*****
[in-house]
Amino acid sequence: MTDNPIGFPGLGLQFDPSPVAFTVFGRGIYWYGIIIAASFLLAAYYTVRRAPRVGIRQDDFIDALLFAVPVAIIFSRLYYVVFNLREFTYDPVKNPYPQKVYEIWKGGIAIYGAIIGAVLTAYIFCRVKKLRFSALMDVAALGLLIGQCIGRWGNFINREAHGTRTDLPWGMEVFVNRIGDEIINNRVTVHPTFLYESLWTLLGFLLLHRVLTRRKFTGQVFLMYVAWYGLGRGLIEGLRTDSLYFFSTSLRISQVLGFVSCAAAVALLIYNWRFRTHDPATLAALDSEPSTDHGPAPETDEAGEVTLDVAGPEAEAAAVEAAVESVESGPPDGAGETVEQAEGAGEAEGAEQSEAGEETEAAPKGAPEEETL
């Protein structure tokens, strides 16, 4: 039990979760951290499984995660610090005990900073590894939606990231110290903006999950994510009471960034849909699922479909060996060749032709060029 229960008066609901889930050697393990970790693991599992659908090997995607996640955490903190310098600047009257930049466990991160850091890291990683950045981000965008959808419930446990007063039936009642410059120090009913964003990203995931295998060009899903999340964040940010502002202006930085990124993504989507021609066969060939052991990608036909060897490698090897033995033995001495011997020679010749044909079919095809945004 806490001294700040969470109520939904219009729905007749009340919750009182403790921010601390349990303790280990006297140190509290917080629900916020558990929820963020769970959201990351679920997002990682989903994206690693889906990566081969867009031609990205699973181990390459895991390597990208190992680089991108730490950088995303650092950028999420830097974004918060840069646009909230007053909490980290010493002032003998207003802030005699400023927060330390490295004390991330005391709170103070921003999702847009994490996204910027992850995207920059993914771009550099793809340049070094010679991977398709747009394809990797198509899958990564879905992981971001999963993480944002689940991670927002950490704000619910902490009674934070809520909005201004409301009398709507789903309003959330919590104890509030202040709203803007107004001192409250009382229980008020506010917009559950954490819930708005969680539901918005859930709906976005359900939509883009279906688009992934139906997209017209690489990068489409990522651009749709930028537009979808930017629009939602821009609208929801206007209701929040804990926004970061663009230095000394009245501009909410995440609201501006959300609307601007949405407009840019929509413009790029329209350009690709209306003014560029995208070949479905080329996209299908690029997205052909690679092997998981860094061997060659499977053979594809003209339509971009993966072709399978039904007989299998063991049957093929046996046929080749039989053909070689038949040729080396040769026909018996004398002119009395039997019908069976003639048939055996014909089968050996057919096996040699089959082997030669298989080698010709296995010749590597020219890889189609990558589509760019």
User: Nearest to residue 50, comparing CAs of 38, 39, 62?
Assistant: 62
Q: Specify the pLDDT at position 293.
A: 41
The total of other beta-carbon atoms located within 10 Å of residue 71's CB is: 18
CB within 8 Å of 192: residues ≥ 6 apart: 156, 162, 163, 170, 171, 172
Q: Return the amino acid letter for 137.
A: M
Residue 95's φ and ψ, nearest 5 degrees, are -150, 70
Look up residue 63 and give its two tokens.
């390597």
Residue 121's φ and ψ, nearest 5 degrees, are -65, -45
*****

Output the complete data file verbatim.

[in-house]
Amino acid sequence: MTDNPIGFPGLGLQFDPSPVAFTVFGRGIYWYGIIIAASFLLAAYYTVRRAPRVGIRQDDFIDALLFAVPVAIIFSRLYYVVFNLREFTYDPVKNPYPQKVYEIWKGGIAIYGAIIGAVLTAYIFCRVKKLRFSALMDVAALGLLIGQCIGRWGNFINREAHGTRTDLPWGMEVFVNRIGDEIINNRVTVHPTFLYESLWTLLGFLLLHRVLTRRKFTGQVFLMYVAWYGLGRGLIEGLRTDSLYFFSTSLRISQVLGFVSCAAAVALLIYNWRFRTHDPATLAALDSEPSTDHGPAPETDEAGEVTLDVAGPEAEAAAVEAAVESVESGPPDGAGETVEQAEGAGEAEGAEQSEAGEETEAAPKGAPEEETL
């Protein structure tokens, strides 16, 4: 039990979760951290499984995660610090005990900073590894939606990231110290903006999950994510009471960034849909699922479909060996060749032709060029 229960008066609901889930050697393990970790693991599992659908090997995607996640955490903190310098600047009257930049466990991160850091890291990683950045981000965008959808419930446990007063039936009642410059120090009913964003990203995931295998060009899903999340964040940010502002202006930085990124993504989507021609066969060939052991990608036909060897490698090897033995033995001495011997020679010749044909079919095809945004 806490001294700040969470109520939904219009729905007749009340919750009182403790921010601390349990303790280990006297140190509290917080629900916020558990929820963020769970959201990351679920997002990682989903994206690693889906990566081969867009031609990205699973181990390459895991390597990208190992680089991108730490950088995303650092950028999420830097974004918060840069646009909230007053909490980290010493002032003998207003802030005699400023927060330390490295004390991330005391709170103070921003999702847009994490996204910027992850995207920059993914771009550099793809340049070094010679991977398709747009394809990797198509899958990564879905992981971001999963993480944002689940991670927002950490704000619910902490009674934070809520909005201004409301009398709507789903309003959330919590104890509030202040709203803007107004001192409250009382229980008020506010917009559950954490819930708005969680539901918005859930709906976005359900939509883009279906688009992934139906997209017209690489990068489409990522651009749709930028537009979808930017629009939602821009609208929801206007209701929040804990926004970061663009230095000394009245501009909410995440609201501006959300609307601007949405407009840019929509413009790029329209350009690709209306003014560029995208070949479905080329996209299908690029997205052909690679092997998981860094061997060659499977053979594809003209339509971009993966072709399978039904007989299998063991049957093929046996046929080749039989053909070689038949040729080396040769026909018996004398002119009395039997019908069976003639048939055996014909089968050996057919096996040699089959082997030669298989080698010709296995010749590597020219890889189609990558589509760019």
User: Nearest to residue 50, comparing CAs of 38, 39, 62?
Assistant: 62
Q: Specify the pLDDT at position 293.
A: 41
The total of other beta-carbon atoms located within 10 Å of residue 71's CB is: 18
CB within 8 Å of 192: residues ≥ 6 apart: 156, 162, 163, 170, 171, 172
Q: Return the amino acid letter for 137.
A: M
Residue 95's φ and ψ, nearest 5 degrees, are -150, 70
Look up residue 63 and give its two tokens.
């390597």
Residue 121's φ and ψ, nearest 5 degrees, are -65, -45